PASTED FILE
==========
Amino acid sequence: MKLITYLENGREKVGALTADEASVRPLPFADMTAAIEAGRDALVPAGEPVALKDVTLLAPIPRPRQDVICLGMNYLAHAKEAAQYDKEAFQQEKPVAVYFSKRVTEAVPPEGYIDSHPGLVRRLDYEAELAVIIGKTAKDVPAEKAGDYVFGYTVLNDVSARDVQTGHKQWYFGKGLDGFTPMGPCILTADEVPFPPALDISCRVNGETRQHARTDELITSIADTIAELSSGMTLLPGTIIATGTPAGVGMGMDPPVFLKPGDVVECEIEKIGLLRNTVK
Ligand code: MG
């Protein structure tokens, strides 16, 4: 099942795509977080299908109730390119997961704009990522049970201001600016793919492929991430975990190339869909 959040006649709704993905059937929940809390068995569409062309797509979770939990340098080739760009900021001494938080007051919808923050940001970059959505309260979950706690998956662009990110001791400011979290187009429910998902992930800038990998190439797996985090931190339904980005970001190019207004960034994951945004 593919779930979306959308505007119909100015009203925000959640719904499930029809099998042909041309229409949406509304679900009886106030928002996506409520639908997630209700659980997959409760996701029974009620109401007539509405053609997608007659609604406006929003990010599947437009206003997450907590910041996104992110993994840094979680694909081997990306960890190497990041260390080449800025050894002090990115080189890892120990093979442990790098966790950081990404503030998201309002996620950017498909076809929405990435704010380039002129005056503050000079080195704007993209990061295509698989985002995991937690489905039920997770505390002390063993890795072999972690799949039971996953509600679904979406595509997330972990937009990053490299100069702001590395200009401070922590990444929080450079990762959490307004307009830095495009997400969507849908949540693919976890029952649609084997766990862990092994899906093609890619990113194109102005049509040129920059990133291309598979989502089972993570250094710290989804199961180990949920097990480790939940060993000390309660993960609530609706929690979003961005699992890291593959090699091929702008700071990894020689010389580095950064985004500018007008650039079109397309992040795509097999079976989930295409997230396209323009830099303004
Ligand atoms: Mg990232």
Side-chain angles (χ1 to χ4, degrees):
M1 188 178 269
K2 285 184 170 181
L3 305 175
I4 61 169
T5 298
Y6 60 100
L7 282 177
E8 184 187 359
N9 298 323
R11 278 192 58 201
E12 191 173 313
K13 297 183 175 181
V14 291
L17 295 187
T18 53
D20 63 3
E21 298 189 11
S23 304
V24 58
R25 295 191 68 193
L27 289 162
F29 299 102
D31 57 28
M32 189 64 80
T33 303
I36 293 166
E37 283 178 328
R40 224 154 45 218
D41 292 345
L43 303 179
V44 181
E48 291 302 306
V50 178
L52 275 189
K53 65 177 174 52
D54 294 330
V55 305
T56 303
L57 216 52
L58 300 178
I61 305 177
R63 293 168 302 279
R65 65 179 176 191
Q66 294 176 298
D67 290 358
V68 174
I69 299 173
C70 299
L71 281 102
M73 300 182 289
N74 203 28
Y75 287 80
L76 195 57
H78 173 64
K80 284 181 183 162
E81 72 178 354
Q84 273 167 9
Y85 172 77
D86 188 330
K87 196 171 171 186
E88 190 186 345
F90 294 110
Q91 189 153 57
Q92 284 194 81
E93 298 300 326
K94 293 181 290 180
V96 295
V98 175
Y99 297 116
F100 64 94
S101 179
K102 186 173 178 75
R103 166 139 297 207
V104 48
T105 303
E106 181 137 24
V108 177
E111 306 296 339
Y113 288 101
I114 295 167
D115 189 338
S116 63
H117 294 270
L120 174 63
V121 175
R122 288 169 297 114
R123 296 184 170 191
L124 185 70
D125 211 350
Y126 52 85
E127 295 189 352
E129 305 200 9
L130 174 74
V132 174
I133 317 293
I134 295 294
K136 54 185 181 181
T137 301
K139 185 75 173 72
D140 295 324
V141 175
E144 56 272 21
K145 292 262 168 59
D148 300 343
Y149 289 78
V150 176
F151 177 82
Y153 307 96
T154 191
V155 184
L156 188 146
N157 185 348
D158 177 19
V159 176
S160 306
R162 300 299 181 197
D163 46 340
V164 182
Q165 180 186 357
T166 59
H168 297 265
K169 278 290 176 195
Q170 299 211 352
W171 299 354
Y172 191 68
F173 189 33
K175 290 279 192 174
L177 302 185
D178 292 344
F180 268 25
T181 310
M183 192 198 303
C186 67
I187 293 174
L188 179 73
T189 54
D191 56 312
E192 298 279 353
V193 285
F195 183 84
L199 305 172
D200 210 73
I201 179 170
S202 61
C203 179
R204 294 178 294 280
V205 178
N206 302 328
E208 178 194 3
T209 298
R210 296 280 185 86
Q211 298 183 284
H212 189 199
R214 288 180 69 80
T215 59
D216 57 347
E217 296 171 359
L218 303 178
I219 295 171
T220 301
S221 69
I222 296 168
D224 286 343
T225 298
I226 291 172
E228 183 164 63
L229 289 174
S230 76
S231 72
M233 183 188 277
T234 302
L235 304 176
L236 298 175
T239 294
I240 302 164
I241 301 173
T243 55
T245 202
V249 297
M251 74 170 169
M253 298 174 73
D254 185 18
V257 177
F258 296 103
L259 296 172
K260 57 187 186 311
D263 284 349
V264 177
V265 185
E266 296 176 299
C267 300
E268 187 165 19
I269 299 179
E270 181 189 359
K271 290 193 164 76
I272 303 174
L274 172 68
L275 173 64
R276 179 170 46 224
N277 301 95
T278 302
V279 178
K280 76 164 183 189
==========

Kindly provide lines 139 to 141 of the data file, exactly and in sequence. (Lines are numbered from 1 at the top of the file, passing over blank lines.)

I187 293 174
L188 179 73
T189 54